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Families of pub bomb victims 'appalled' by inquest legal fees; PS1.4 million to solicitors, PS870,000 to barristers and PS200,000 to pr firm.

Byline: ANDY RICHARDS Content Editor andy.richards@reachplc.com

SOLICITORS and barristers working for the Birmingham pub bombings inquest Coroner were paid more the PS2 million, it can be revealed today.

A further PS1.3 million was paid out in "disbursements" which included PS200,000 to a public relations company dealing with media at the hearing.

The taxpayer-funded fees have been disclosed following a Freedom of Information (FOI) request.

By comparison, lawyers representing ten of the families of victims have yet to be paid pending a final assessment by the Legal Aid Authority.

But shortly before the historic new Birmingham Pub Bombing 1974 (BPB 74) inquest opened on February 25 - almost 45 years after the attacks - the Justice4the21 campaign group said on its website: "We have a huge shortfall in our legal funds and are in desperate need of PS60,000 within the next three weeks."

Throughout the five week inquest campaigners were on the streets battling to raise the cash.

Julie Hambleton, spokeswoman for the Justice4the21 campaign group, whose sister, Maxine was among the 21 murdered by the IRA bomb attacks in November 1974, said she is "appalled" at the disparity.

In brief, the figures show: ? PS1,427,180.63 was charged by Fieldfisher Solicitors ? PS869,583.47 was charged by four barristers from 1 Crown Office Row ? PS1,338,062.41 was used in disbursements. This includes the total fees of Crest Advisory, a PR firm retained by the Coroner which were PS202,139.01: The figures do not cover the costs to the West Midlands Police in being represented through the inquest, though it has previously been reported that the force had set aside PS1 million.

Nor do they cover the cost to the Government Legal Department in undertaking a disclosure search.

Ms Hambleton said: "I was appalled when I saw these figures. We have battled with the Legal Aid Agency to secure funding for our legal representation at the inquest.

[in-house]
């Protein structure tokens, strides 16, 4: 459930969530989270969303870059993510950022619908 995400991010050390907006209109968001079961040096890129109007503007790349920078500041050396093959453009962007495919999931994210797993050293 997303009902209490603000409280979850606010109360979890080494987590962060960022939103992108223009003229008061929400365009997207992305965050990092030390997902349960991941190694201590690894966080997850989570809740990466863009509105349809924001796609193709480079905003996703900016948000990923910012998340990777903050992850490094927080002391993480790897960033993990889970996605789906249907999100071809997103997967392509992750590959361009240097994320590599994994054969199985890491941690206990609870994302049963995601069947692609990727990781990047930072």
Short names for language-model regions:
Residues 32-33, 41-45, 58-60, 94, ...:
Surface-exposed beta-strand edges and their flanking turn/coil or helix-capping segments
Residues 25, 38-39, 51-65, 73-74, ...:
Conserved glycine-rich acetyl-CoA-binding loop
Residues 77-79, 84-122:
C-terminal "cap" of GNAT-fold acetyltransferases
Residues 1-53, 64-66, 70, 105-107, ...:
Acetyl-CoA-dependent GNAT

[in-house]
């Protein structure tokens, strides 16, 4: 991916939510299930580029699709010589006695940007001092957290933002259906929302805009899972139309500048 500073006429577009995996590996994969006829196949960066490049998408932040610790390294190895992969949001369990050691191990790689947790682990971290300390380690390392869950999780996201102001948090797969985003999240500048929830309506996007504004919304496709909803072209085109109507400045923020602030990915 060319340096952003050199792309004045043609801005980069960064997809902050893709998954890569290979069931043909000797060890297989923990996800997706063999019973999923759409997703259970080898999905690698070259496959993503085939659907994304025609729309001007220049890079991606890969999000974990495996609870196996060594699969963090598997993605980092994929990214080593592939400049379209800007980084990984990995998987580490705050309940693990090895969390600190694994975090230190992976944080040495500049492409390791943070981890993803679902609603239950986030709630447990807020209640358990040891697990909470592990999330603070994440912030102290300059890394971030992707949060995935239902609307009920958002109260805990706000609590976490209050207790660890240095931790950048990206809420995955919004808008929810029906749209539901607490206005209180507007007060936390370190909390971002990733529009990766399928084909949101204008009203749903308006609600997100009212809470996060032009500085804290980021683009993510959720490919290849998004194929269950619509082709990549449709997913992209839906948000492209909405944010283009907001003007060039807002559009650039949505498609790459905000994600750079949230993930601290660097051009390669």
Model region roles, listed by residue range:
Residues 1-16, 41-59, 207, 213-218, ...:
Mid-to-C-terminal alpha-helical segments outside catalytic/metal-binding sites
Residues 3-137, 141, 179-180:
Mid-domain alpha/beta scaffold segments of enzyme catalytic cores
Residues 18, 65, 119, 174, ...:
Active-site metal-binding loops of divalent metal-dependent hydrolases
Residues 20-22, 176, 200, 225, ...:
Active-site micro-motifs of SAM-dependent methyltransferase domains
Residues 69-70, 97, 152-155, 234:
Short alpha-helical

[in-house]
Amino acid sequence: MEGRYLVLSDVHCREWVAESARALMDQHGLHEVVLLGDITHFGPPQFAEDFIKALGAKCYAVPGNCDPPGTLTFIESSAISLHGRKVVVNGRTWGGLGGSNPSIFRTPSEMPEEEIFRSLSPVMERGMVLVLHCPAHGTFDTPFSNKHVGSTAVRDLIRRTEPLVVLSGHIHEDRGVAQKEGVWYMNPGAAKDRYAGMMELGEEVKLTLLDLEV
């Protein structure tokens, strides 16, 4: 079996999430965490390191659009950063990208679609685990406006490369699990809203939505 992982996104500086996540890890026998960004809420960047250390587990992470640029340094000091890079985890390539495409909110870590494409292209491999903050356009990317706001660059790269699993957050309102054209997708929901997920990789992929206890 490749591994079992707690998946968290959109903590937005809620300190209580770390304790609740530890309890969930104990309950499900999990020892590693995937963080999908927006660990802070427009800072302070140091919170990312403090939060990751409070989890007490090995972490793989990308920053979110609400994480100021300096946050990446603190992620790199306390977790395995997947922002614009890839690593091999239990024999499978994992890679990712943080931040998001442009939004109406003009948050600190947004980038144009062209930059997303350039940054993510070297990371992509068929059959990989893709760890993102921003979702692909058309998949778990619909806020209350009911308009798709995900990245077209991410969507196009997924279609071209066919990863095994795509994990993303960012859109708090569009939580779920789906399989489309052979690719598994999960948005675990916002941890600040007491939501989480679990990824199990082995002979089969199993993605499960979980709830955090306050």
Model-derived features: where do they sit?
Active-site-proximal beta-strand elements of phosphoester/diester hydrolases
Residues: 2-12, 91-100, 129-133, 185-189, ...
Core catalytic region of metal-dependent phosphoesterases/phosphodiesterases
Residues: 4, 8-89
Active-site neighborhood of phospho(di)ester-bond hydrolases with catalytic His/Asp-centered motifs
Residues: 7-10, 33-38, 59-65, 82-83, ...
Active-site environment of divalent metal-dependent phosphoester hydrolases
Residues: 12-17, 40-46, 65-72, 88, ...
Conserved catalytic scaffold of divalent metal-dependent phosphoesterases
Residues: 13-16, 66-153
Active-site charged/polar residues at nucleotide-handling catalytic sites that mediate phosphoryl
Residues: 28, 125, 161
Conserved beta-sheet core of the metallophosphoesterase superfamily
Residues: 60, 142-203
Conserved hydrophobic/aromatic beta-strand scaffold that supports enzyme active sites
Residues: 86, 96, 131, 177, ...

"We have also fund raised to secure the level of legal representation we required. We know that when the LAA finally reimburse our solicitor's and counsel those fees will be a fraction of what we now know the Coroner was able to secure.

"There appears to be no accountability for this expenditure - no tendering process for legal services, no overview of accounting, no justification for the PR firm.

"We know that public funding for inquests is highly emotive - of course it is, is about the death of people who were loved. It is often about the right to life.

"What we wanted - and what many others forced into the coronial process want - is parity and equality of arms. A violation of the right to life when there is a possibility of responsibility by a state agency either by way of act or omission must enable the family of the victims to effectively engage in the investigation and this must be through legal representation.

"The costs release this week demonstrate how far that lack of parity is."

A total of 21 people died and almost 200 were injured when bombers struck at city centre bars The Tavern in The Town and The Mulberry Bush on November 21st, 1974.

After a five-week hearing the jury concluded that the victims were unlawfully killed and murdered by the IRA.

Christopher Stanley of KRW LAW LLP which represents the families, said: "This information was obtained by a request under FOIA on behalf of J4the21. These costs were provided by the Solicitor to the Coroner. They do not represent the costs of the West Midlands Police or the Government Legal Department (GLD) representing the MOD, the Home Office or the FCO.

"The FOIA request was initially made to the Ministry of Justice and then referred on to Birmingham City Council.

"Solicitors and barristers in private practice can command fees which the market allows. It is unclear whether state agencies, including Coroners, are required to tender for legal services beyond those supplied by the GLD.

"Rates for legal representation for relatives of victims at inquests by way of legal aid - including complex multi-death inquests such as BPB74 - are fixed in law and only paid for those with a contract to provide these services and then subject to an assessment by the LAA. Legal Aid remains the outcast child of the welfare state system."
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Publication:Birmingham Mail (England)
Date:Jun 1, 2019
Words:720
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